Vera Nemtchinova (1899-1984)

Vera Nemtchinova (1899-1984)

Vera Nemtchinova was born in 1899 in Moscow and began her ballet studies at the age of ten with the private teacher Ekaterina Ivanovna Nedidova. Later she began studies with Elizabeth Anderson. In 1915, after three months with her new teacher, Nemtchinova was seen by Serge Grigoriev, who engaged her as a member of the corps de ballet of Diaghilev's Ballets Russes. Her first solos were the Mazurka and Pas de deux (with Alexandre Gavrilov) in Les Sylphides in 1916.

Madame told me that while she was in the corps de ballet she would learn the roles of the ballerinas by watching from the wings, knowing that one day the star might be unavailable and she would be ready to take her place.

Nemtchinova was called "Little Vera" by Diaghilev, who promoted her to prima ballerina in 1924. She created her most famous role in Bronislava Nijinska's Les Biches in 1924. She also created roles in Les Tentations de la Bergère (1924), Les Matelots (1925), and danced leading roles in Giselle, Swan Lake, Coppélia, La Boutique Fantasque, and Pulcinella. A famous story about Nemtchinova's relationship with Diaghilev relates that when Diaghilev saw her modeling her costume for Les Biches, he commanded Grigoriev to bring him scissors. Diaghilev cut off the collar, making a low-cut neckline, and proceeded to cut off the skirt until Nemtchinova's behind was barely covered. She remarked, "I feel naked." "Then buy a pair of white gloves," he retorted. The gloves became part of the choreography. Nemtchinova told me that Diaghilev didn't want her to wear a headpiece.

In 1927 Nemtchinova and Anton Dolin formed their own company, with Anatole Oboukhoff, and toured Europe until Dolin left the company to return to the Ballets Russes. Before leaving, Dolin choreographed Rhapsody in Blue for Nemtchinova. Diaghilev did not like the music and thought it unsuited for ballet; he disliked jazz. Even when George Gershwin played it for him, Diaghilev said, "Good Jazz -- poor Liszt."

Nemtchinova was also the prima ballerina of the State Opera in Kaunas, Lithuania (1930-35), ballerina with René Blum's Ballet Russe (1936), Col. de Basil's Ballet Russe de Monte Carlo (1939), and guest artist with Ballet Theatre (1943) and The San Francisco Ballet (1946).

Nemtchinova's private life didn't seem to suit the lady that I saw almost every day for eleven years. Nijinsky's friend, Romola, was jealous of her future husband's interest in Nemtchinova. Leonide Massine claimed that he had a romance with Nemtchinova. Nicholas Zverev was her lover and then her husband; but she divorced Zverev and married Anatole Oboukhoff. That partnership lasted until 1962 when Oboukhoff died of pneumonia after a fire forced them out of their apartment, leaving them to stand in the rain on a cold winter night.

Nemtchinova told me many stories of her days with the Ballets Russes. One story made me wonder if she was telling me the truth. Further research confirmed her story. Many of your grandparents or great-grandparents may have told you that they saw Vaslav Nijinsky dance. I don't want the burst your bubble, but that may not be the case. Nicholas Zverev (1897-1965), a Russian dancer who joined Ballets Russes in 1912 (and for the first four years was just one of the dancers) looked like Vaslav Nijinsky and sometimes danced in place of the great star, even though Nijinsky's name appeared on the program. Zverev stayed with the company until 1926 and then toured with his wife Vera Nemtchinova.(who later divorced him and married Anatole Oboukhov). Zverev opened a school in Paris. In the early fifties when I had planned to dance in Europe, Nemtchinova gave me a care package for him. Unfortunately, that was when I injured my foot permanently and a friend of mine had to deliver the package.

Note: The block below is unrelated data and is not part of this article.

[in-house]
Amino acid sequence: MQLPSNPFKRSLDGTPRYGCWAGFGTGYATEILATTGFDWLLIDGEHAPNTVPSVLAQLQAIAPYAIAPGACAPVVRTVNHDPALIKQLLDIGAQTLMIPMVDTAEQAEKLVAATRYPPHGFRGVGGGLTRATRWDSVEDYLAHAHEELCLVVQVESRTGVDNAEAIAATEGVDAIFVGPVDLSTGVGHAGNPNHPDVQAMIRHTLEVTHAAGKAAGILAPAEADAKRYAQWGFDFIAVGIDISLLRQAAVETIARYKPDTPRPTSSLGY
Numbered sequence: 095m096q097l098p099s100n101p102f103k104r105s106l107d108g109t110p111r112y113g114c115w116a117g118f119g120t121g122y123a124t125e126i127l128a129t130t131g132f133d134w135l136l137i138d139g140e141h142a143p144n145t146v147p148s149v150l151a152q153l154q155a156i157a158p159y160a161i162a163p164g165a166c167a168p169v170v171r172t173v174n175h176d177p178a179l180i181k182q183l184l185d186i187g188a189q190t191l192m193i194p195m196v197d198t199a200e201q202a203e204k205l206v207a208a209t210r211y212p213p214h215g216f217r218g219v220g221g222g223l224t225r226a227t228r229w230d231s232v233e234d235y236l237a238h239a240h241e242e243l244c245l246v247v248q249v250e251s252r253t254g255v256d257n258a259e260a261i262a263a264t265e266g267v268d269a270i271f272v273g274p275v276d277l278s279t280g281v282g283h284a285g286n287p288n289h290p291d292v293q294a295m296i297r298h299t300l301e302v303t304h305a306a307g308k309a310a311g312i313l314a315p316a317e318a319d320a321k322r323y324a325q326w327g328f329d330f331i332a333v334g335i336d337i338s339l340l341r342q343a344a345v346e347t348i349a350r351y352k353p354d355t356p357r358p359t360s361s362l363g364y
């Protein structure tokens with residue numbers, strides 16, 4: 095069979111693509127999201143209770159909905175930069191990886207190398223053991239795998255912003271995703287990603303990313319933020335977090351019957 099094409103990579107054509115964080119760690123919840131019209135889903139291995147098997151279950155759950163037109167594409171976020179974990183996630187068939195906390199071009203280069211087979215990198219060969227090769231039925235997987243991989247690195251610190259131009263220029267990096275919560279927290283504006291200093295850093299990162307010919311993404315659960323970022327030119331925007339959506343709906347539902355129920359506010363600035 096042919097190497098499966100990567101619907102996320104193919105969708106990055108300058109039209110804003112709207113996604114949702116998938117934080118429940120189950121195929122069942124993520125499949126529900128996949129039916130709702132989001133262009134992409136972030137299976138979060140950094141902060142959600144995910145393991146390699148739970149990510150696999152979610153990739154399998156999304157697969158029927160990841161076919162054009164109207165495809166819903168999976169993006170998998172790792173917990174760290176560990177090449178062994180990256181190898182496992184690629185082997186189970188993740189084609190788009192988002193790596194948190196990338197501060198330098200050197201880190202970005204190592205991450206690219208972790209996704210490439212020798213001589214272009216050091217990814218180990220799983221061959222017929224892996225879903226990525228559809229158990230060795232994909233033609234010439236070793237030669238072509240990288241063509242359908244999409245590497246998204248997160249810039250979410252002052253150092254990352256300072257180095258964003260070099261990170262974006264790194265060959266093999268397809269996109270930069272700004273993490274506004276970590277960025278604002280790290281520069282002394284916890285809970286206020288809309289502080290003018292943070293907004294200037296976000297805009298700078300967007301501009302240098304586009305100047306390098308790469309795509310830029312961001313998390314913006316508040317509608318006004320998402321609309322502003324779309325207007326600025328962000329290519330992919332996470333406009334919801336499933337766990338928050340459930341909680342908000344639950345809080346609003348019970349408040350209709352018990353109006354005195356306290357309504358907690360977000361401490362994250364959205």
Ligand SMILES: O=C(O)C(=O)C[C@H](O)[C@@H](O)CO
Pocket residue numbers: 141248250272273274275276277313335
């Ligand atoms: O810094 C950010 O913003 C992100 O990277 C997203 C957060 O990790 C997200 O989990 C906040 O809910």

Personal Memories of Vera Nemtchinova and Anatole Obouhkoff

Eddy Green was the only person I knew when I arrived in New York City, and it was Eddy who took me to Ballet Arts, Studio "61" in Carnegie Hall. After three years of training and performing with the San Francisco Ballet Company, I was going to take my first class in the Mecca of dance. As sophisticated as I tried to be, I was in awe of what I saw. The great stars of ballet that I had seen on stage were taking the same class that I was. I dressed in the small dressing room, listening to the stars kid each other.

When I entered the studio, I stood next to my friend Eddy, waiting for the teacher to enter. I knew of this teacher because the ad for Ballet Arts in Dance Magazine had used the picture of Madame Vera Nemtchinova for years. In the doorway stood this image silhouetted by the light from the waiting-room behind her. With a halo surrounding her she looked like a vision from another time. As she entered the room I could see her clearly; she was not like any other woman I had ever seen. It was love at first sight. She was wearing a blue leotard and chiffon skirt that she had tucked in front of her leotard. Nemtchinova was in her late forties and sported the most beautiful legs I had ever seen. Her tiny feet were encased in blue ballet slippers trimmed in silver (made specially for her by Capezio). She started to speak with the heaviest Russian accent I had ever heard, and if I had to learn Russian to be in her class, I would have.

I spent eleven years, on and off, studying with Madame. The first day she referred to me as "Gentleman" and until her death I remained "Gentleman." She once told a friend of mine that I was the best student she ever had. "I only have to tell him once." I did everything she said, or died in the attempt to be as perfect as she thought I could be. I had to listen very closely for fear I would miss one of her corrections, and I mentally had to translate every statement instantly. To this day I can relive most of her classes.